Commissioner Fried and Vice President Harris were joined by U.S. Representative Alfred “Al” Lawson Jr. (D-FL-05), Superintendent of Duval County Public Schools Dr. Diana Greene, Jacksonville City Councilmembers Joyce Morgan and Garrett Dennis, and Feeding Northeast Florida President and CEO Susan King.
     Commissioner Fried greeted Vice President Harris upon her arrival on Air Force Two at Jacksonville International Airport.
     Of the Vice President’s visit, Commissioner Fried offered the following statement:
     “On behalf of the State of Florida, it’s a privilege to welcome our Vice President to the Sunshine State. It’s been a hard year across America, with Florida being hit harder by COVID-19 than most states – so we’re grateful for her and President Biden’s leadership. Our hearts break for the families of the 33,000 Floridians who have perished in this pandemic. This public health crisis has had a hidden impact: worsening chronic hunger. 3.5 million Floridians – including one million children – are unsure from where their next meal will come. People of color are especially affected, with 40 percent of Black families and 39 percent of Hispanic families facing food insecurity. We’re working hard to address this at the state level, overseeing 246 million school meals served to children this year, as well as 149 million pounds of food distributed to families and seniors in need. We deeply appreciate the Biden Administration’s partnership on addressing this hunger crisis, with the American Rescue Plan including many nutrition requests we’ve made – like extended and increased SNAP benefits, continued Pandemic EBT, and investing in food assistance for women, families, and seniors. I look forward to welcoming the Vice President back to Florida many times in the years to come, and I thank her and the President for helping us keep Florida growing.”
     Commissioner Fried, an independently-elected member of the Florida Cabinet, in February released a state-federal partnership plan between the Florida Department of Agriculture and Consumer Services and the Biden Administration.
     The 30-page plan outlines nearly 40 projects and initiatives on which Commissioner Fried’s agency and the State of Florida can partner with federal departments and agencies, including policies on agriculture and trade, food and nutrition, water and energy, cannabis, rural communities, and diversity, equity, and inclusion in government and society.
     Called “extensive” and “expansive,” Fried’s plan has been applauded by members of Congress, state legislators, national thinktanks, and agriculture and cannabis organizations.

 


Duke Energy Florida announces
solar sites in Citrus and Hardee counties

Story Provided
By Duke Energy News Center
Published March 15, 2021 at 9:11 p.m.
     ST. PETERSBURG –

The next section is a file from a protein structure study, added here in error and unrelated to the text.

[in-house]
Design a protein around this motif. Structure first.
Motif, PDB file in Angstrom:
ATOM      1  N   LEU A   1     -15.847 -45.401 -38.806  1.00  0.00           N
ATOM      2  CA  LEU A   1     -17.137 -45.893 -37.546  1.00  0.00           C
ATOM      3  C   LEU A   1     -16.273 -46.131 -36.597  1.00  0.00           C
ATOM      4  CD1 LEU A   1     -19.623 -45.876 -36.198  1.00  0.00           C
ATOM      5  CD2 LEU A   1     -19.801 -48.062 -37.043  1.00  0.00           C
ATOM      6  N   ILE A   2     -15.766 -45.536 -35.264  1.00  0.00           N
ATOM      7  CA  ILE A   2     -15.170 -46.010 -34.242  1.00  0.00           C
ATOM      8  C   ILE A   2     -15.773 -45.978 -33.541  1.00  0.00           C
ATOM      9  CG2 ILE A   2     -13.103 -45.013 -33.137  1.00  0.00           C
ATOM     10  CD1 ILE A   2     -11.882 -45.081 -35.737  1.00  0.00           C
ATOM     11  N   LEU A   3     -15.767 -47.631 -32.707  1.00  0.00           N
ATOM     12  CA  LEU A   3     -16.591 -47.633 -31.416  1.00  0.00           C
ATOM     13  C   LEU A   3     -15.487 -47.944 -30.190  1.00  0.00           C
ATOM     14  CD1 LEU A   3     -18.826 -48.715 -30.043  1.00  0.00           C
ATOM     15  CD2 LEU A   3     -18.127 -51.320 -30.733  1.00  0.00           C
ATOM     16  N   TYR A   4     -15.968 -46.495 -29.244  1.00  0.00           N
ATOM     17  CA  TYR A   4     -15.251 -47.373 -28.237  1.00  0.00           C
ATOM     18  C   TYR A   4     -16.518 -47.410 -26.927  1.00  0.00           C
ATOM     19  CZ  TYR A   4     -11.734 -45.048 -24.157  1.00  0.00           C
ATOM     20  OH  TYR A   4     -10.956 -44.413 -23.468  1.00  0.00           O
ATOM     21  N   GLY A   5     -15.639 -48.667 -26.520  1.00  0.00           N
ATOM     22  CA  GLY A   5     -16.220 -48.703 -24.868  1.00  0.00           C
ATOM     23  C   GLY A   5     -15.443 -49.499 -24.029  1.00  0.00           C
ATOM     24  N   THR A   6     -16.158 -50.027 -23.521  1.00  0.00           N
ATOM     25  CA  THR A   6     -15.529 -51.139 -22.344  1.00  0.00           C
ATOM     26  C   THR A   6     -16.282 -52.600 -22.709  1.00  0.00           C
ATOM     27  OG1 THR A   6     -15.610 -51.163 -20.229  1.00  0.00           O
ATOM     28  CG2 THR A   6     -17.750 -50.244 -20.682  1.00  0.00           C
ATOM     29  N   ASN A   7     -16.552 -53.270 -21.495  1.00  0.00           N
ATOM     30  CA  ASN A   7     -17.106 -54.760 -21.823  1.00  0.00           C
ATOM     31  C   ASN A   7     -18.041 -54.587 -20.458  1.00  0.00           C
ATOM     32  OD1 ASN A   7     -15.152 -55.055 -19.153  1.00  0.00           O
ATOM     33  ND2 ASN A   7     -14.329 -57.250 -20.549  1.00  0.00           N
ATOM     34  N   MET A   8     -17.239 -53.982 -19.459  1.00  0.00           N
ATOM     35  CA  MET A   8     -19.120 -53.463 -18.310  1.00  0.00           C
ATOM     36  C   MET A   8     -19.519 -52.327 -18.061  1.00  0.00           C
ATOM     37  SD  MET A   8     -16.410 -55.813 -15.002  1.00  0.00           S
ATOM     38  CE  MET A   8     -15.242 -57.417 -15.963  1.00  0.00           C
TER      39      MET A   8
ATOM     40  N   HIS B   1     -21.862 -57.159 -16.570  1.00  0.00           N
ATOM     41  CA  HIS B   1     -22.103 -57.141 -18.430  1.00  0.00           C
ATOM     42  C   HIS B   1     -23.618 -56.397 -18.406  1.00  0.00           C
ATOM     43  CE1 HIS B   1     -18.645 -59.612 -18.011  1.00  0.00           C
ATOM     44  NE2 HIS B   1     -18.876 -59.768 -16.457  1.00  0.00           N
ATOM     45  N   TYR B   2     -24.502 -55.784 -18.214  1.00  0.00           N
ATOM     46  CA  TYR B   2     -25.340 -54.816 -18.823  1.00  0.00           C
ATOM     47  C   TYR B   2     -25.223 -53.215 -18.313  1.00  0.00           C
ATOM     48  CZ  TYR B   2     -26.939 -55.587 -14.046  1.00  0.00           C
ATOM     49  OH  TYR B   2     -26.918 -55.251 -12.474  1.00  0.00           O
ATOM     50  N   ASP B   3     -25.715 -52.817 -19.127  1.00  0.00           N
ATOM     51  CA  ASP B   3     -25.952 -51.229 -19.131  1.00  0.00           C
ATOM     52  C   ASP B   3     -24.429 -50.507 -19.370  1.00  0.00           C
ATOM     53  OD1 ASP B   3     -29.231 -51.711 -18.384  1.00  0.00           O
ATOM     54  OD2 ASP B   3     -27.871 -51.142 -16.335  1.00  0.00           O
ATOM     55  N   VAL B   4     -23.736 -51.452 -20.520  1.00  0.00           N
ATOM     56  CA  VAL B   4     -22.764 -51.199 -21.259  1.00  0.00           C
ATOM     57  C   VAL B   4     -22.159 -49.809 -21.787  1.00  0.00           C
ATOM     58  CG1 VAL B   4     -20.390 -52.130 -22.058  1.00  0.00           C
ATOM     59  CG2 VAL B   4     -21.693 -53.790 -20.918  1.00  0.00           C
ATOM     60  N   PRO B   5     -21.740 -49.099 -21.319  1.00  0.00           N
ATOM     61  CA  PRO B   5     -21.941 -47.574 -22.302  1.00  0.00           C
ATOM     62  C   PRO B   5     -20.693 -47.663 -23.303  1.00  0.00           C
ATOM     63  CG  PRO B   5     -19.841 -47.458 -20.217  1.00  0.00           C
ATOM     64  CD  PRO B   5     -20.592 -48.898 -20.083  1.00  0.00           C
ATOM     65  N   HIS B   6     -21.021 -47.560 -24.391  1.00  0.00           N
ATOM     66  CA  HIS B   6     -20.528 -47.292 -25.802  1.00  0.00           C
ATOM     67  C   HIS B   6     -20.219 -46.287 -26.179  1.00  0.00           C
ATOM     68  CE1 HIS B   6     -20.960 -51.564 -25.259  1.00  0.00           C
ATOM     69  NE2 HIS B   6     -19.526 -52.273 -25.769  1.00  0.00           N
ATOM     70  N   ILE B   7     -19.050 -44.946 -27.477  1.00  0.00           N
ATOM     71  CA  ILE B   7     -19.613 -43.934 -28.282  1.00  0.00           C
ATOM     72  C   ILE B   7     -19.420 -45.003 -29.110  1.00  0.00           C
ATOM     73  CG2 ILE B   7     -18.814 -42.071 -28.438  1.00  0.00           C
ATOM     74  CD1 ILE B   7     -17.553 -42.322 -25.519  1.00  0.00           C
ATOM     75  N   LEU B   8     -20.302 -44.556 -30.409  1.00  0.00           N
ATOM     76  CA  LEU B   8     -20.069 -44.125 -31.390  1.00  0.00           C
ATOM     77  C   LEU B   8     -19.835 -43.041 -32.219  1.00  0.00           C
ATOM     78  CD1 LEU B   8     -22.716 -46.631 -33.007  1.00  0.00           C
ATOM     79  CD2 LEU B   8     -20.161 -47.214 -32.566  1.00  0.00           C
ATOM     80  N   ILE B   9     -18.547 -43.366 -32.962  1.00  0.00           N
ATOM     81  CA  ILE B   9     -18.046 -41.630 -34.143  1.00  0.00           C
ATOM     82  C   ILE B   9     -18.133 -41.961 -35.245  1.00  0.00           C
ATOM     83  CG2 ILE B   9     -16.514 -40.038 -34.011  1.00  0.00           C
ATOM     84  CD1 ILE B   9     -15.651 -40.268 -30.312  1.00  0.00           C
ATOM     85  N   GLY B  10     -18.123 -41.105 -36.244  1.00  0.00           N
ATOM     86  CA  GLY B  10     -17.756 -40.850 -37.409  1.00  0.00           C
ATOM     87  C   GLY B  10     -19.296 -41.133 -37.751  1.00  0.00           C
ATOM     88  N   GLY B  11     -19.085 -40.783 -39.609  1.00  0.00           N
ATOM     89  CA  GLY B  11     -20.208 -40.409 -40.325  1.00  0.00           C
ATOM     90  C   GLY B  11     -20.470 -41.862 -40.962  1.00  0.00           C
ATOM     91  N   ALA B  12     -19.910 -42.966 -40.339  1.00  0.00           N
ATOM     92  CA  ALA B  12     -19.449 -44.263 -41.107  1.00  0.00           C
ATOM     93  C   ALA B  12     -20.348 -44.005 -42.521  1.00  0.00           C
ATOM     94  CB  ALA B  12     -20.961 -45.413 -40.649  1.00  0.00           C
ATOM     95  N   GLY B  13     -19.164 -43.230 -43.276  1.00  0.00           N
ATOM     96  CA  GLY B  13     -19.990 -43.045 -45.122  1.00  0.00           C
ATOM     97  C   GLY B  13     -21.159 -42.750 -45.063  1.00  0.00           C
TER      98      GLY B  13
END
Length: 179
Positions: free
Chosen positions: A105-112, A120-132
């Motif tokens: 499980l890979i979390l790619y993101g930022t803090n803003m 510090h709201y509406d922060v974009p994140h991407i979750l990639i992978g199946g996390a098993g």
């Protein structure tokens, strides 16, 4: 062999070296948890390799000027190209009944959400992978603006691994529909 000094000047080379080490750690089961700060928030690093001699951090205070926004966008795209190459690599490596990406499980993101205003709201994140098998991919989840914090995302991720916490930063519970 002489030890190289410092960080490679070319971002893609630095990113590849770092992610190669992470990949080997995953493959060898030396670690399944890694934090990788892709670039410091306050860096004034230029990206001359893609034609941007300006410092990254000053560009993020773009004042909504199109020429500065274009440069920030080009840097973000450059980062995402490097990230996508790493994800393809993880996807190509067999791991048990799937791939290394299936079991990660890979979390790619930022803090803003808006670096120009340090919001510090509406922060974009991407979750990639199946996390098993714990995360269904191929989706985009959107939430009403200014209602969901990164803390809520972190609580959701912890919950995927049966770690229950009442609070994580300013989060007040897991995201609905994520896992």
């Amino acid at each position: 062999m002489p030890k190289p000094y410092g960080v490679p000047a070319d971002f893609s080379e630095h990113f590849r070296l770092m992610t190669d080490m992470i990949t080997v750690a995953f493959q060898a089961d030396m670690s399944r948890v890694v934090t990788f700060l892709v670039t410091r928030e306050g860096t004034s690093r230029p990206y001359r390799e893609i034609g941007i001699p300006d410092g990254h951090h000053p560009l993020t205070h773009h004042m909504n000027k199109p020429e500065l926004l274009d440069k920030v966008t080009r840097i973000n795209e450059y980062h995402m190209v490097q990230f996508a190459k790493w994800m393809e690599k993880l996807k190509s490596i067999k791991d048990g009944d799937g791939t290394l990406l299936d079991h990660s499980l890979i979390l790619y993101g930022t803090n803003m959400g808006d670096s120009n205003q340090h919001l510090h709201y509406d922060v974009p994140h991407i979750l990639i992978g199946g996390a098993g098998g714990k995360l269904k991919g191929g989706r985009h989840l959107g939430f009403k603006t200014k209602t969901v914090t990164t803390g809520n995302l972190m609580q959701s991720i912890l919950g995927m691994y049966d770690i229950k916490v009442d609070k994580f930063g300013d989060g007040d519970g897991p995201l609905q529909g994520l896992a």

Duke Energy Florida (DEF) today (Monday, March 15) announced the locations of its two newest solar power plants, which continue the expansion of its renewable generation portfolio.
     The solar plants are the latest milestones in the company’s strategy to deliver clean energy to customers. DEF currently has more than 900 MW of solar generation under construction or in operation, and will more than quadruple the amount of in-service solar on its system over the next four years.
     The Fort Green Power Plant will be built on approximately 500 acres in Hardee County. The 74.9-megawatt (MW) plant will consist of approximately 265,000 solar panels, utilizing a fixed-tilt racking system that will produce enough carbon-free energy to effectively power more than 20,000 average-sized homes at peak production.
      The Bay Trail Solar Power Plant will be built on 500 acres in Citrus County. Once operational, the 74.9-MW facility will consist of approximately 197,000 tracking bifacial solar panels. Its innovative double-sided panel design is highly efficient and tracks the movement of the sun. The plant will be capable of effectively producing enough electricity to power approximately 23,000 average-sized homes at peak production.
     “Citrus County welcomes the Duke Energy Bay Trail Solar Power Plant into our community,” said Citrus County Commission Chair Scott E. Carnahan. ”This investment promotes clean energy, brings jobs to our area and capital investment into our community. We believe this project will bring many benefits to our residents.”
     The Bay Trail facility is the site of a future mining location and the Fort Green site is a former phosphate mine.
     “These solar power plants are examples of how mining sites can be developed for renewable energy and benefit our communities and the environment,” said Melissa Seixas, Duke Energy Florida state president. “Duke Energy Florida is delivering on what our customers want – access to clean energy at a competitive price. We are providing environmentally friendly, cost-effective and innovative solar that benefits all of our Florida customers.”
     Duke Energy Florida remains a leader in advancing clean energy in the state.
     The company has now installed more than 1.9 million solar panels in Florida to date.
     Once both sites are finished, the Bay Trail and Fort Green solar power plants will help Duke Energy Florida complete the installation of its three-millionth solar panel in the state.
     In February 2020, DEF announced the installation of its one-millionth solar panel in Florida at the company’s Columbia Solar Power Plant in Fort White (Columbia County).

 


Employee Administrative Services Inc.
makes payroll and human resources easy

By Jeff M. Hardison © March 14, 2021 at 11:11 a.m.
     CITRUS COUNTY –
Payroll and other human resource (HR) duties are vital to any business – large, medium or small.
     Employee Administrative Services Inc. (EASI) makes payroll and HR easy for business owners, by taking on those responsibilities.